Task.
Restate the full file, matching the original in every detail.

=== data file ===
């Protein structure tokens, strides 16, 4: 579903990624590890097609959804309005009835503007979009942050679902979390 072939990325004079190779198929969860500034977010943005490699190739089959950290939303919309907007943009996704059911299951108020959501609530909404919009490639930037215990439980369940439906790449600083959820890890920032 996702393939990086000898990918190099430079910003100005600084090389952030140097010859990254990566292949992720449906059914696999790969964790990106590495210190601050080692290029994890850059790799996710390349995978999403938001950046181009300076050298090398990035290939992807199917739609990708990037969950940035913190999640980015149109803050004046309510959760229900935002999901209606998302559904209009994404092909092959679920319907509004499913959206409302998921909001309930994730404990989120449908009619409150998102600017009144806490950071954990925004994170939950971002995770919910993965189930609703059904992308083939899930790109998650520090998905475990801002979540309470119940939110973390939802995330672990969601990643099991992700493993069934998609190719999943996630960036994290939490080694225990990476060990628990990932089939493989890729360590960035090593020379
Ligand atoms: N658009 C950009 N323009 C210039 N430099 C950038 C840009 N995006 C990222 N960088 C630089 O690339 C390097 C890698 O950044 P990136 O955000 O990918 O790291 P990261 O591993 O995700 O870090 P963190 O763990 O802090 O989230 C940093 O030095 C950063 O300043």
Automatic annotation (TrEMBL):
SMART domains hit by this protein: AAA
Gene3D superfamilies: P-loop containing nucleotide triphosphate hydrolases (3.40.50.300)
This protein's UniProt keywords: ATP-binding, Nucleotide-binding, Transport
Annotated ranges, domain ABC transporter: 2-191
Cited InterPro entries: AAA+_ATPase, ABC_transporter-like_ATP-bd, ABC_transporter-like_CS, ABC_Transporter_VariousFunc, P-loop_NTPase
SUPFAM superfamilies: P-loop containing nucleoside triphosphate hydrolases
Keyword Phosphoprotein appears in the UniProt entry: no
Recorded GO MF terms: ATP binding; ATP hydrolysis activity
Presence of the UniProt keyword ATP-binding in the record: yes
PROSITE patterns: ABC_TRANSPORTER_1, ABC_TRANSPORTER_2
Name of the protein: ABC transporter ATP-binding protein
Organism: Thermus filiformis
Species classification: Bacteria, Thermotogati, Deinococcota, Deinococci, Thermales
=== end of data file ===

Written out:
């Protein structure tokens, strides 16, 4: 579903990624590890097609959804309005009835503007979009942050679902979390 072939990325004079190779198929969860500034977010943005490699190739089959950290939303919309907007943009996704059911299951108020959501609530909404919009490639930037215990439980369940439906790449600083959820890890920032 996702393939990086000898990918190099430079910003100005600084090389952030140097010859990254990566292949992720449906059914696999790969964790990106590495210190601050080692290029994890850059790799996710390349995978999403938001950046181009300076050298090398990035290939992807199917739609990708990037969950940035913190999640980015149109803050004046309510959760229900935002999901209606998302559904209009994404092909092959679920319907509004499913959206409302998921909001309930994730404990989120449908009619409150998102600017009144806490950071954990925004994170939950971002995770919910993965189930609703059904992308083939899930790109998650520090998905475990801002979540309470119940939110973390939802995330672990969601990643099991992700493993069934998609190719999943996630960036994290939490080694225990990476060990628990990932089939493989890729360590960035090593020379
Ligand atoms: N658009 C950009 N323009 C210039 N430099 C950038 C840009 N995006 C990222 N960088 C630089 O690339 C390097 C890698 O950044 P990136 O955000 O990918 O790291 P990261 O591993 O995700 O870090 P963190 O763990 O802090 O989230 C940093 O030095 C950063 O300043």
Automatic annotation (TrEMBL):
SMART domains hit by this protein: AAA
Gene3D superfamilies: P-loop containing nucleotide triphosphate hydrolases (3.40.50.300)
This protein's UniProt keywords: ATP-binding, Nucleotide-binding, Transport
Annotated ranges, domain ABC transporter: 2-191
Cited InterPro entries: AAA+_ATPase, ABC_transporter-like_ATP-bd, ABC_transporter-like_CS, ABC_Transporter_VariousFunc, P-loop_NTPase
SUPFAM superfamilies: P-loop containing nucleoside triphosphate hydrolases
Keyword Phosphoprotein appears in the UniProt entry: no
Recorded GO MF terms: ATP binding; ATP hydrolysis activity
Presence of the UniProt keyword ATP-binding in the record: yes
PROSITE patterns: ABC_TRANSPORTER_1, ABC_TRANSPORTER_2
Name of the protein: ABC transporter ATP-binding protein
Organism: Thermus filiformis
Species classification: Bacteria, Thermotogati, Deinococcota, Deinococci, Thermales